Secure and successful elections have always relied on the cooperation and coordination of election officials, poll workers and voters. The 2016 election elevated the role that State and local government’s information technology department staff play in supporting secure voting experiences. The U.S. Election Assistance Commission, or the EAC, recently kicked off Cybersecurity Awareness Month by livestreaming a roundtable discussion in their Washington, D.C. office.
Today, September 26, marks the fifth annual observation for National Voter Registration Day (NVRD) which is held on the fourth September of each month since 2012 by resolution of the National Association of Secretaries of State. This national holiday is further supported by the National Association of State Election Directors.
Earlier this week, the U.S. Election Assistance Commission’s Technical Guidelines Development Committee (TGDC) convened in Silver Springs, Maryland where they approved the Voluntary Voting System Guidelines 2.0 (VVSG 2.0).
The world of elections tends to get less spotlight during the “off-years” for presidential elections; however, the elections space never really slows down. While the presidential race occurs every four years, the time in between includes midterms, congressional races, state legislature races, as well as countless municipal and county races. This results in state and local election administrators continuously devoting their energy to running efficient and successful elections.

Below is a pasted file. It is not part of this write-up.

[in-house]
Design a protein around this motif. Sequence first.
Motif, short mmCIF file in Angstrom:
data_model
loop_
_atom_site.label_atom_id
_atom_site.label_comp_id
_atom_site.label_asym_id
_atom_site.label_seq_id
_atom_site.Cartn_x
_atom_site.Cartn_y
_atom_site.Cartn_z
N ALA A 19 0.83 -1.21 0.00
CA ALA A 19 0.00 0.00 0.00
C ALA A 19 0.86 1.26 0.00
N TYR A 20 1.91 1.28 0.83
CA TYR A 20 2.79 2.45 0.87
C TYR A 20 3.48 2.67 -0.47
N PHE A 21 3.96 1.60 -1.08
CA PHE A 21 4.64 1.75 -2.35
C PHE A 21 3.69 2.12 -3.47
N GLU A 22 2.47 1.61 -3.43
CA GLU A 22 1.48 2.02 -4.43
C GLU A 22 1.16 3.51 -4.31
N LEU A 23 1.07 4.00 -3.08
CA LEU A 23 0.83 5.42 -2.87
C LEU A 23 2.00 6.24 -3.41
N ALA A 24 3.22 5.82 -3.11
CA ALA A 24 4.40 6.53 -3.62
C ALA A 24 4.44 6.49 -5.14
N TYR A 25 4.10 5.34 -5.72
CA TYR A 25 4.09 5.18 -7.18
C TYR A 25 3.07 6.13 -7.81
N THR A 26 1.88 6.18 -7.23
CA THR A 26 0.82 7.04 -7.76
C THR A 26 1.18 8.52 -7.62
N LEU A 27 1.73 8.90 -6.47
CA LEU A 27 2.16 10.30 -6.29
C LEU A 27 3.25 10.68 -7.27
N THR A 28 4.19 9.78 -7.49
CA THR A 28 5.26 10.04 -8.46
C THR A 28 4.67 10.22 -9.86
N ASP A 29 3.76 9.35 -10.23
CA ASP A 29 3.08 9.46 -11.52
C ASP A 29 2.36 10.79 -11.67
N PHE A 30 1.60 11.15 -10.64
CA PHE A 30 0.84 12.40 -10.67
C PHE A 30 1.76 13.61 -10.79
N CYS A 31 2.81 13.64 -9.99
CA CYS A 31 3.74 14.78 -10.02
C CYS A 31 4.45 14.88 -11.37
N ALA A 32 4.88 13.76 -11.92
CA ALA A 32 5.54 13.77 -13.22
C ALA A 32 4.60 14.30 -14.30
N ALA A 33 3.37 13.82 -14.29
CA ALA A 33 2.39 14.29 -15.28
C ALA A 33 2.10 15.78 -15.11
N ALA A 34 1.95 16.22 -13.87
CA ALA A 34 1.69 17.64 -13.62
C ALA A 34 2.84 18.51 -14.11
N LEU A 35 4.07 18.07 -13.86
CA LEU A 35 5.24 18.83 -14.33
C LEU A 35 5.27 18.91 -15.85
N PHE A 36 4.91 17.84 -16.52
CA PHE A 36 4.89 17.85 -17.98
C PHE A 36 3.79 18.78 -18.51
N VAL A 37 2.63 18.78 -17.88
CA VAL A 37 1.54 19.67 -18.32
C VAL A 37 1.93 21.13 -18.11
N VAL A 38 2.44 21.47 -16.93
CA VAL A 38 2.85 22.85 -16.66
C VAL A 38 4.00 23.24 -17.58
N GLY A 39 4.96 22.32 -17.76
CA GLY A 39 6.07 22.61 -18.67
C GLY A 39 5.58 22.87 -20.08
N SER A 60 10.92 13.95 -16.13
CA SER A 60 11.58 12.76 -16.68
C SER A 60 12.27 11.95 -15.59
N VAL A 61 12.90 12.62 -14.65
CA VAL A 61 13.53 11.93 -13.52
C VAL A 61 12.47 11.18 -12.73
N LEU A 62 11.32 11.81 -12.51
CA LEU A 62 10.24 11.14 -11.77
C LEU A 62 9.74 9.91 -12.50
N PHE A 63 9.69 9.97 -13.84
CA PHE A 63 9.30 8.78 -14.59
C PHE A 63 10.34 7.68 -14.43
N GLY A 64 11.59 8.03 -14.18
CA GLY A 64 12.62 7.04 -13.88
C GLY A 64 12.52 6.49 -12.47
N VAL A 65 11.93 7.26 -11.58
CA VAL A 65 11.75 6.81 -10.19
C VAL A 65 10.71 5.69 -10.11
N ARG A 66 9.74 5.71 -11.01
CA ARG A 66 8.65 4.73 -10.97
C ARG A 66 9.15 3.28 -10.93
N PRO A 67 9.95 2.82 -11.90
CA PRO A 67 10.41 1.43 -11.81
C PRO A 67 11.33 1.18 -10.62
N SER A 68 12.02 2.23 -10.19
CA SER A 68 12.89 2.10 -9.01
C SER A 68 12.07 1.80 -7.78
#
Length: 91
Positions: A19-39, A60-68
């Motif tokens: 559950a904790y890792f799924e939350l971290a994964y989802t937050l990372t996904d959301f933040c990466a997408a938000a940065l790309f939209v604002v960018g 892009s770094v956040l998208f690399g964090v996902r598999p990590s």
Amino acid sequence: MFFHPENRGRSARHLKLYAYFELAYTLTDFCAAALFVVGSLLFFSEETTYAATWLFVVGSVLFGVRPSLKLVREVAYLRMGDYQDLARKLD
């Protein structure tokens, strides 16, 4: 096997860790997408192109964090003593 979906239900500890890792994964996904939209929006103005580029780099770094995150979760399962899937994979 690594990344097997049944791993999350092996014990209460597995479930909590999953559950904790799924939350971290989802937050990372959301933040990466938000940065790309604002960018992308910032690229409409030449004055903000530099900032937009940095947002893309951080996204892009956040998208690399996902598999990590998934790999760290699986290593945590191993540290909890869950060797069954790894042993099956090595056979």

In light of the media storm on election security, Senators Amy Klobuchar (DFL-MN) and Lindsey Graham (R-SC) proposed an amendment to the National Defense Authorization Act (NDAA) to address the issue. The proposed bill would provide federal dollars to States for updating their election cybersecurity.
In efforts to better defend the integrity of the election system, the Department of Homeland Security (DHS) will allow top state election officials – Secretaries of State and Election Directors – to apply for access to “secret” level clearance which would allow them to learn more about past, present and future election security information.
The U.S. Election Assistance Commission (EAC) announced last week that it will now be accepting submissions for its second-annual national competition best practices in election administration. This year the competition will coincide with the 15th anniversary of the Help America Vote Act of 2002 (HAVA) – the legislation that established the EAC. This year’s categories were chosen specifically to celebrate the progress made since HAVA was passed.
Recently in Las Vegas, the 25th Annual DEF CON took place July 27-30. DEF CON, short for “Defense Condition,” is one of the oldest and largest hacking conferences. To many in the election field, one of DEF CON’s Hacking Villages this year drew their attention – the Voting Machine Hacking Village.
Earlier this month, the state of Colorado announced that it will become the first state to implement risk-limiting audits to ensure votes are counted efficiently and accurately in elections. The unexpected election results in a few of the “swing” states in the 2016 U.S. Presidential Election prompted the demand of recounts to be sure the results accurately portrayed how the voters casted their ballots. In the wake of the Wisconsin, Michigan and Pennsylvania recounts, digital security specialists and computer scientists argued that recounts could be all together eliminated by implementing risk-limiting audits. Currently only New Mexico and Colorado have the capability of doing so, and Colorado has been launched into the spotlight as an example for other states to follow.